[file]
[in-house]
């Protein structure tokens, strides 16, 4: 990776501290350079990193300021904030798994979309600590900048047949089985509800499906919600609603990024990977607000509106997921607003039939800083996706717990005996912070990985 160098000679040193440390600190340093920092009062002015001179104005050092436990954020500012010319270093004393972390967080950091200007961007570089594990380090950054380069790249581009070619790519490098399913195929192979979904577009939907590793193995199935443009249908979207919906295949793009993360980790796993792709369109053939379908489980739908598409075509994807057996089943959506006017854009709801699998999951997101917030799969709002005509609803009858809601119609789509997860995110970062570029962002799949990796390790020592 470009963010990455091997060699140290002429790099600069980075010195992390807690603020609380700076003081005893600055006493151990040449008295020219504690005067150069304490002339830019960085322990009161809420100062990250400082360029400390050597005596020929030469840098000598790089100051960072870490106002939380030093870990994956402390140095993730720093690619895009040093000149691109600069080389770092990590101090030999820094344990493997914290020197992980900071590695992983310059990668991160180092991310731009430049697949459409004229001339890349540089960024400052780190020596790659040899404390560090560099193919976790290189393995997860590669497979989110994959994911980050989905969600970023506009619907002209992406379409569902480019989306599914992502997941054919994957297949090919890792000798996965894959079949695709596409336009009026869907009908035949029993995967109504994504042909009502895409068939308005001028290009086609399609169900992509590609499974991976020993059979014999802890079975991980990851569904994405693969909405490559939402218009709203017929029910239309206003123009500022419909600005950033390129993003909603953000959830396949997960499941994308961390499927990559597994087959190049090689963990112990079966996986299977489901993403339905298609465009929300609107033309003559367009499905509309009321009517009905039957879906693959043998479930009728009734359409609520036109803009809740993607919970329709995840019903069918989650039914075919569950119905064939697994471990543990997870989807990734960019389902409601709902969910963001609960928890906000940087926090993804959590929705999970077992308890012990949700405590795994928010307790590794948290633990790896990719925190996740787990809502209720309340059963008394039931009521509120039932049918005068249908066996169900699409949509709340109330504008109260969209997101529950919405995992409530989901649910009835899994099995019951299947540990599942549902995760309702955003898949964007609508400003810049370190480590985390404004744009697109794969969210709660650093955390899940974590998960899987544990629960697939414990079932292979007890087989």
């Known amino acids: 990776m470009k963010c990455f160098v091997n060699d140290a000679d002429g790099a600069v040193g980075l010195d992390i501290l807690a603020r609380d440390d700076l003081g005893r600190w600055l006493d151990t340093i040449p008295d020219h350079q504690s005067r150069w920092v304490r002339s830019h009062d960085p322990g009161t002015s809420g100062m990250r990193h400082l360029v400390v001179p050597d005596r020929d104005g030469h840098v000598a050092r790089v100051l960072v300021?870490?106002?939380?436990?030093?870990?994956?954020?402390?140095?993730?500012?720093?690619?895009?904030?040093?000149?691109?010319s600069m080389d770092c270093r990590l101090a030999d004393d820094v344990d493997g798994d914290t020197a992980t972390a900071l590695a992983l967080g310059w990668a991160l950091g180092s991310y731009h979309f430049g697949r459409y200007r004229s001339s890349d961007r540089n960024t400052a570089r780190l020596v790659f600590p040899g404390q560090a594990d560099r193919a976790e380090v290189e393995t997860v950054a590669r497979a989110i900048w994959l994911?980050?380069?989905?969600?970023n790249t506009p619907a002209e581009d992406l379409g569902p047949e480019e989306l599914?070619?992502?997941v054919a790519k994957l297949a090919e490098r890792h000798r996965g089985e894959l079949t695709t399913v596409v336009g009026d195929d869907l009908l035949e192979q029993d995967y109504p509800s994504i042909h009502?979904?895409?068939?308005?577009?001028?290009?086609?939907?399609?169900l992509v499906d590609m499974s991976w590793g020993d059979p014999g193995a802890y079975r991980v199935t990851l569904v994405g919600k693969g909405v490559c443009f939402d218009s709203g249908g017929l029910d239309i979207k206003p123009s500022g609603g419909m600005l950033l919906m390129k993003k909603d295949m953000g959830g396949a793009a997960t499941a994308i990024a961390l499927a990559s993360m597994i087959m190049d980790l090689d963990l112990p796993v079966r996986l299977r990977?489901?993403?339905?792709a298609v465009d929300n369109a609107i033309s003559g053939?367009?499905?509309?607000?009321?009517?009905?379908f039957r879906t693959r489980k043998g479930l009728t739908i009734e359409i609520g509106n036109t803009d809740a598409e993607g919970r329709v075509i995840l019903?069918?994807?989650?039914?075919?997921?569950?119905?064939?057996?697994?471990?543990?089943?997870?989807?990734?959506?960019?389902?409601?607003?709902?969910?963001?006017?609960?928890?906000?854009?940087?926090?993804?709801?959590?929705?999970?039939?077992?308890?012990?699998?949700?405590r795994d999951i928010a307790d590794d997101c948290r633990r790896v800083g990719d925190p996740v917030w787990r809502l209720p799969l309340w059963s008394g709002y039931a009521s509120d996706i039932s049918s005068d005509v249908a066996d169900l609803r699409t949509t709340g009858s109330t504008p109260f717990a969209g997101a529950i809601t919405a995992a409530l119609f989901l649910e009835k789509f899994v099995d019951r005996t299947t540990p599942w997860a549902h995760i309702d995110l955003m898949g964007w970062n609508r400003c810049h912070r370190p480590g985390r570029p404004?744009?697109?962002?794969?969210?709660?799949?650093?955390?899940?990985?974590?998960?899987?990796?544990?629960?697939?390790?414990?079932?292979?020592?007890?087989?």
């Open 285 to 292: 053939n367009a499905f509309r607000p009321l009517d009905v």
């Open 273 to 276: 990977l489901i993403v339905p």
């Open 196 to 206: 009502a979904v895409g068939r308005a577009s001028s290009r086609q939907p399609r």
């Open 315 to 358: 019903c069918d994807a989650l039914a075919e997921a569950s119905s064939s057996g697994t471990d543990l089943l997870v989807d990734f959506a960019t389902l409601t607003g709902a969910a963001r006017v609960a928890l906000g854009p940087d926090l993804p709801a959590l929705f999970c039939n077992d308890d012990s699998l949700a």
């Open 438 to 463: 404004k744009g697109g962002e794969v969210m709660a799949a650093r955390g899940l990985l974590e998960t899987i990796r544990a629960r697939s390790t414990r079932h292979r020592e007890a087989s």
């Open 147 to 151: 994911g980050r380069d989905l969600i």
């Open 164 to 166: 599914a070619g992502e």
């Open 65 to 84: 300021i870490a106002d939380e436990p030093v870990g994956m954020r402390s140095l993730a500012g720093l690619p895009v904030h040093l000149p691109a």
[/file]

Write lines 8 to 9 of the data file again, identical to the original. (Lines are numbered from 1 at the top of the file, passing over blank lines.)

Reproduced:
């Open 438 to 463: 404004k744009g697109g962002e794969v969210m709660a799949a650093r955390g899940l990985l974590e998960t899987i990796r544990a629960r697939s390790t414990r079932h292979r020592e007890a087989s």
């Open 147 to 151: 994911g980050r380069d989905l969600i």